Very often, when I connect my pre-amplified speakers to some peripherals such as a computer and a mixer, I get a very annoying buzzing sound in the speakers.

The volume of this noise is rather constant, but the nature of its sound varies according to electrical activity happening in the house (for example, if I refresh a web page in my browser, it seems as if I can "hear" every single IP packet passing through the network!).

My setup is following: PC -> (over Firewire) Sound card -> (over RCA) Mixer -> (over XLR) Speakers

2 Answers 2


After so many years standing for this annoying buzzing sound, I decided to spend some time to find and eradicate the problem at the root. I hope that sharing my problem and the solution here may help other people.

Problem identification

The first step in solving the problem was to identify it, and find its name. As long as we can't precisely name a problem, it's hard to solve it, because we can't search about it. With help of Google, I found the name of my problem: Ground loop.

At first I didn't believe this was my problem, because that house is quite old, and there is no ground at all in the AC outlets. I was thinking:

I have no ground at all here, how could I have ground loop problems?

Here is a diagram I've made that shows the loop. (I have let most of the Firewire pins unconnected for clarity)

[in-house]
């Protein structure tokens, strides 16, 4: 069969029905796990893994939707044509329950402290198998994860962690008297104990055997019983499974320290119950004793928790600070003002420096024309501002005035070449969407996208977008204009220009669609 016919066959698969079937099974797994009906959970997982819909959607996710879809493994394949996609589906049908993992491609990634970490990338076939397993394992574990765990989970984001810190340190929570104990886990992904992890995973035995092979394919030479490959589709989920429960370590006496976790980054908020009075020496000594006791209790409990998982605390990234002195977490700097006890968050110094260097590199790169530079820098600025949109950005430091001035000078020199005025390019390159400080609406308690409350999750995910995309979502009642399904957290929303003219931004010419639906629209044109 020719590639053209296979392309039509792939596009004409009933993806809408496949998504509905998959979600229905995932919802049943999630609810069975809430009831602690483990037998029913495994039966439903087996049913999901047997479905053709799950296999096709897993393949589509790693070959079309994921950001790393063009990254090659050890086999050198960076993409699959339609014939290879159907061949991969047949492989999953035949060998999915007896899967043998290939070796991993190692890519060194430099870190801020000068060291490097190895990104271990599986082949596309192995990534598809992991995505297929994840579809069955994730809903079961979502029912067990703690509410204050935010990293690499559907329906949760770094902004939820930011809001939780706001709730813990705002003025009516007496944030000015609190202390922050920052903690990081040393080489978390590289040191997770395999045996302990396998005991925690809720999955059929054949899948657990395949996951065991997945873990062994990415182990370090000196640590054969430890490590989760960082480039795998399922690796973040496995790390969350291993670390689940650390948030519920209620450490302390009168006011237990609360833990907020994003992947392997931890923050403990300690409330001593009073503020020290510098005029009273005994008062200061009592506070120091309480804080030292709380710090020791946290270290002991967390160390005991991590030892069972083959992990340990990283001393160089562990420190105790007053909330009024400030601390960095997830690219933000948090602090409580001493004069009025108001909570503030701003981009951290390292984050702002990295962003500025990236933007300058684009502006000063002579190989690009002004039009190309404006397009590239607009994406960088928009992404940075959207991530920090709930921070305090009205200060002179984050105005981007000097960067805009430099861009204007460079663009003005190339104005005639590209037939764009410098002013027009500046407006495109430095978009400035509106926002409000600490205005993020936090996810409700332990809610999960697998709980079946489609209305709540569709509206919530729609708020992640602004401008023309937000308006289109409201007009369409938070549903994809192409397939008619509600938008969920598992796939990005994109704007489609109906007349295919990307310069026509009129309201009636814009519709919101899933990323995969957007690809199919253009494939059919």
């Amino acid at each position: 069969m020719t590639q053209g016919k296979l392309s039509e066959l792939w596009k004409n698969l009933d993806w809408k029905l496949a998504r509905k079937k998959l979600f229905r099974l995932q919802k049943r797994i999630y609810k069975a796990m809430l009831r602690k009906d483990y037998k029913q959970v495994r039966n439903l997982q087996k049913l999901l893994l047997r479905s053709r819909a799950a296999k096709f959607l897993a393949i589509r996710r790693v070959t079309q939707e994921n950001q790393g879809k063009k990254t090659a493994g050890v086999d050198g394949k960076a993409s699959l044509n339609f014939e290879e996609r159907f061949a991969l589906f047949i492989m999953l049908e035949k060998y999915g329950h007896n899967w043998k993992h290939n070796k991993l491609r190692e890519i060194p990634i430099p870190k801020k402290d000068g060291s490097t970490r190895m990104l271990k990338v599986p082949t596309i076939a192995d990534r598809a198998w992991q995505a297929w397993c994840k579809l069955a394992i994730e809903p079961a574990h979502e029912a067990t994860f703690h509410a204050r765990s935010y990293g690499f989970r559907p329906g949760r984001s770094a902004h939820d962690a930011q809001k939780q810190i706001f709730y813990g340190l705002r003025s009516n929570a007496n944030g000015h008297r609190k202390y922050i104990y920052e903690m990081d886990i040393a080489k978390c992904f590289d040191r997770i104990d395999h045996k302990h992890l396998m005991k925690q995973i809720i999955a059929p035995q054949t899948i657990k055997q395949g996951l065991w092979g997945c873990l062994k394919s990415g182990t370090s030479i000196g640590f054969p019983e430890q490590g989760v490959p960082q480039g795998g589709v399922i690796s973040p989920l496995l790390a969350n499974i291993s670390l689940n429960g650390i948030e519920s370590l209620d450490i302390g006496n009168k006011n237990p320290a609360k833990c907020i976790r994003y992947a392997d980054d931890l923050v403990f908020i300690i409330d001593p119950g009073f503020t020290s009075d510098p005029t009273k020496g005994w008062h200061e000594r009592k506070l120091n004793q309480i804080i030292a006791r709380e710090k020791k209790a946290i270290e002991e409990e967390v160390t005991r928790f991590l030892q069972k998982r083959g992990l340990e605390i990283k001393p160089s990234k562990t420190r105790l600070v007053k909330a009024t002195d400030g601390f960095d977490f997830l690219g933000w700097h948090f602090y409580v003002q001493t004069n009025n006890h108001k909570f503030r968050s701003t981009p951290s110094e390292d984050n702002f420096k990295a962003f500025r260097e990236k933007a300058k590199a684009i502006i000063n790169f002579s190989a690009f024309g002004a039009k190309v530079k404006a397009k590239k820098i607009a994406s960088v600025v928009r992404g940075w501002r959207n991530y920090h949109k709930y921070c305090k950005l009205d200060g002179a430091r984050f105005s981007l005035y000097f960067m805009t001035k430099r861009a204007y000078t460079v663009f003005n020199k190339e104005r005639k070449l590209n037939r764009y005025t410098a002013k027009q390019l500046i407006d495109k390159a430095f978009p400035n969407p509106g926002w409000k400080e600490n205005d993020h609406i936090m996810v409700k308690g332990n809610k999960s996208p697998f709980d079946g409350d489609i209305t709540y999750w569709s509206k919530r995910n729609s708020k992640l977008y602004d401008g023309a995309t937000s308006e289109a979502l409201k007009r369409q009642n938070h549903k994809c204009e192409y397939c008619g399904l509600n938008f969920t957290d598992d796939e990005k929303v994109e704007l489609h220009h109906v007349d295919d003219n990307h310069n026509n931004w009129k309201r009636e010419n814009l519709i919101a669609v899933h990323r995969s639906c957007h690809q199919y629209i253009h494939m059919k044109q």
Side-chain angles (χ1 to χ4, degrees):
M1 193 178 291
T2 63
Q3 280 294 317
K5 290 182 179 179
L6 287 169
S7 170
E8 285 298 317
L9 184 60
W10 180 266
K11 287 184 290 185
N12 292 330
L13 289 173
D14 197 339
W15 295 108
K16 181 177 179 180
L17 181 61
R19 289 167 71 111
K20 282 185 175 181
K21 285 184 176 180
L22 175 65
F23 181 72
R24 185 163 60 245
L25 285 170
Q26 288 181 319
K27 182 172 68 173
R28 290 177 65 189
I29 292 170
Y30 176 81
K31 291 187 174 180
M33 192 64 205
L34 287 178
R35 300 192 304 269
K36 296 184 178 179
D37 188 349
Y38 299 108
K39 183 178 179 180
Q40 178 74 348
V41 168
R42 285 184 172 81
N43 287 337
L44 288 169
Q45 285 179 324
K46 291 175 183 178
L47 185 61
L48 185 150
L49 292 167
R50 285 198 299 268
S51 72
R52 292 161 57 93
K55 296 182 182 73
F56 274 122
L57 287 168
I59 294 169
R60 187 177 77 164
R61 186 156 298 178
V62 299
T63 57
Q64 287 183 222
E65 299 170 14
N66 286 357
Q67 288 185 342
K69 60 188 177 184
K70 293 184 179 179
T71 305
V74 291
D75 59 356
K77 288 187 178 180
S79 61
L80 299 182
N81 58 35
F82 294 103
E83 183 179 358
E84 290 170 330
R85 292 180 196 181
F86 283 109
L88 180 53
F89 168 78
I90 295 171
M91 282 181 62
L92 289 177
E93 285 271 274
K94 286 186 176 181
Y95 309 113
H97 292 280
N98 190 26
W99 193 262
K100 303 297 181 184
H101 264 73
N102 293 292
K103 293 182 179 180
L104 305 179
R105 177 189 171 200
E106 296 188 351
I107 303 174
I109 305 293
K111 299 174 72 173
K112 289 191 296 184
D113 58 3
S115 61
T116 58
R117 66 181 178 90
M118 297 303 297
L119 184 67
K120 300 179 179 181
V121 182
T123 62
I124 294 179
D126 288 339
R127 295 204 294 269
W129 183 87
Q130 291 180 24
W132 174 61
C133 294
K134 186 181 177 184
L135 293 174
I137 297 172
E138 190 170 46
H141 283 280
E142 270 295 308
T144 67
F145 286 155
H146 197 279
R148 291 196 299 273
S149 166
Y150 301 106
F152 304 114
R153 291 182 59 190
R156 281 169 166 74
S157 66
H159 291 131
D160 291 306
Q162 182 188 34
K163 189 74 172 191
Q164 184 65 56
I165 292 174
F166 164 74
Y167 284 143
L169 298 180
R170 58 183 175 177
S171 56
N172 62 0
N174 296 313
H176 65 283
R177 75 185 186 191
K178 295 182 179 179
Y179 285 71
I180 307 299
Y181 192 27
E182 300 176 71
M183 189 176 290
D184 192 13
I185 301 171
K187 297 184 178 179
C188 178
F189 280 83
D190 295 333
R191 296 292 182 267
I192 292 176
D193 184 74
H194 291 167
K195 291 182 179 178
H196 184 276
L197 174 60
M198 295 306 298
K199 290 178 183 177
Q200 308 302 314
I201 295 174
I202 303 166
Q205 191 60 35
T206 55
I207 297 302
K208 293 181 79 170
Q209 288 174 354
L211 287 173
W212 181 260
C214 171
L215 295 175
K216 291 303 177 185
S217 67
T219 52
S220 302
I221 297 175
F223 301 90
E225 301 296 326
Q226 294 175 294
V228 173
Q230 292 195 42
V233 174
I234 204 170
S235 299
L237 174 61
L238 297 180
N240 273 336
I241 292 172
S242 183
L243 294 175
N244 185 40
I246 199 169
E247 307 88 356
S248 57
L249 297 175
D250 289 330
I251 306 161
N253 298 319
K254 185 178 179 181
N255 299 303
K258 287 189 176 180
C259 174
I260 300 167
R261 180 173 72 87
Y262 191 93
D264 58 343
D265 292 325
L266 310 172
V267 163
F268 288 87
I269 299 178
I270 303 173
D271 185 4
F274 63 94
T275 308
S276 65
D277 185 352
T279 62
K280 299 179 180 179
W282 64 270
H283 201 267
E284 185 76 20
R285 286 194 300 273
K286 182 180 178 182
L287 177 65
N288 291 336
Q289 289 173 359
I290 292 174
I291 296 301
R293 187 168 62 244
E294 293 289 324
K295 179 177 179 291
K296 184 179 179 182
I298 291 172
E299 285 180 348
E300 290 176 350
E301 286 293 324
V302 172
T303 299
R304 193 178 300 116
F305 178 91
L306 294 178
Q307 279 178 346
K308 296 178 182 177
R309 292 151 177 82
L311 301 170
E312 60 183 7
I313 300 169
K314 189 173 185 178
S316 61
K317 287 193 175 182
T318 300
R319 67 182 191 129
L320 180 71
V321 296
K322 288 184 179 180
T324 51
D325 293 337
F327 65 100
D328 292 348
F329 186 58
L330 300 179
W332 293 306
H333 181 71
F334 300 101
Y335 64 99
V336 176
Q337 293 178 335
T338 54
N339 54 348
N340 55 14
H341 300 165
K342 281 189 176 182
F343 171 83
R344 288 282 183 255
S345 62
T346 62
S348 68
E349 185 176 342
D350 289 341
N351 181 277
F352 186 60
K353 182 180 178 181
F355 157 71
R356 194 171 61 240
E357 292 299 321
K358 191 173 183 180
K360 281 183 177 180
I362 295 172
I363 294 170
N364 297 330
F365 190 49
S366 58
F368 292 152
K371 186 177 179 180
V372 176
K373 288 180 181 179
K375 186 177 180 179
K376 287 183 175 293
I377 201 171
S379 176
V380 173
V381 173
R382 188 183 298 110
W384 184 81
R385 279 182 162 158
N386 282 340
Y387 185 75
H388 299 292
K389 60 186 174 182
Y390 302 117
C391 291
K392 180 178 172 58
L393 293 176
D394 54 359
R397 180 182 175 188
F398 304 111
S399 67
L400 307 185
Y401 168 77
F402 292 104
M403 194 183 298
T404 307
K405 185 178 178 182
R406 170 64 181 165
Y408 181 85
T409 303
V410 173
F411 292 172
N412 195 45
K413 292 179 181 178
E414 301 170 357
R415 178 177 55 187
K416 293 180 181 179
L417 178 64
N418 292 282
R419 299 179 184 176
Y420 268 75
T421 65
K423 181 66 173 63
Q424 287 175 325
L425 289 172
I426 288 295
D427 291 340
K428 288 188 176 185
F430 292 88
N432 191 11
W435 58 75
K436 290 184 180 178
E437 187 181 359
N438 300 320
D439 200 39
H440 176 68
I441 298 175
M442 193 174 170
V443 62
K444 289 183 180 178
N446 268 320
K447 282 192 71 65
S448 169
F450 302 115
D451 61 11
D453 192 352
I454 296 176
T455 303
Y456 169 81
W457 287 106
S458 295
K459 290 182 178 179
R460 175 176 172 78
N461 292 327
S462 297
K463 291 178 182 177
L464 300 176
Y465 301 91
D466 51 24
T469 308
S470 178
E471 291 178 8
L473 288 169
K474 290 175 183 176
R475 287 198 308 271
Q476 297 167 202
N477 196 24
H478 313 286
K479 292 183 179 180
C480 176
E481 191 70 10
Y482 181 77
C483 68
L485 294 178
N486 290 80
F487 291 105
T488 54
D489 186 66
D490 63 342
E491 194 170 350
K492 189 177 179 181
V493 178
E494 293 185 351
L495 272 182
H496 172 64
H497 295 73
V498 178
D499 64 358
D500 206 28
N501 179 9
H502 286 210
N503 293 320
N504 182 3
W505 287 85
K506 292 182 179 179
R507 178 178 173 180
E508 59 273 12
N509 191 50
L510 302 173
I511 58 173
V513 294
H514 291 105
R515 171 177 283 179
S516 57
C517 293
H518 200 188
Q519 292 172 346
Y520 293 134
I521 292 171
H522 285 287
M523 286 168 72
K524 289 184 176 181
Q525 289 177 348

Ground loop

The loop becomes clearer with the diagram (yellow)!

The strange part is that, if I unplug one of the speakers, the noise stops. But if I unplug the other one, it doesn't.
Now it's obvious why this is the case: unplugging the speaker at the right in the picture doesn't break the loop but unplugging the left does.
We can now also understand why unplugging only one RCA doesn't change anything (all RCA need to be unplugged for the noise to stop).

The solution: breaking the loop

We need to break this loop. Of course, unplugging the RCAs is not an option (we wouldn't hear anything anymore).
The solution I found is to unplug the ground cable between the left speaker and the power strip. To do this, I used following device (3 to 2 pins ground lift adapter):

3 to 2 pins ground lift adapter

While it's usually not safe to lift ground in this way, in my case it's not an issue at all since my wall outlets don't have ground at all in the first place.

Following adapter seems to be safer (in case there is a real ground): it keeps the existing grounding but filters the current passing through it.

Ebtech Hum X

  • I've just removed the questions at the end of my answer. :)
    – Fox
    May 20, 2016 at 11:29

I upvoted this question about six months ago but finally found my answer for speakers plugged into a laptop: a different laptop power cord eliminated the buzzing. No wonder trying different outlets for the speakers didn't help.

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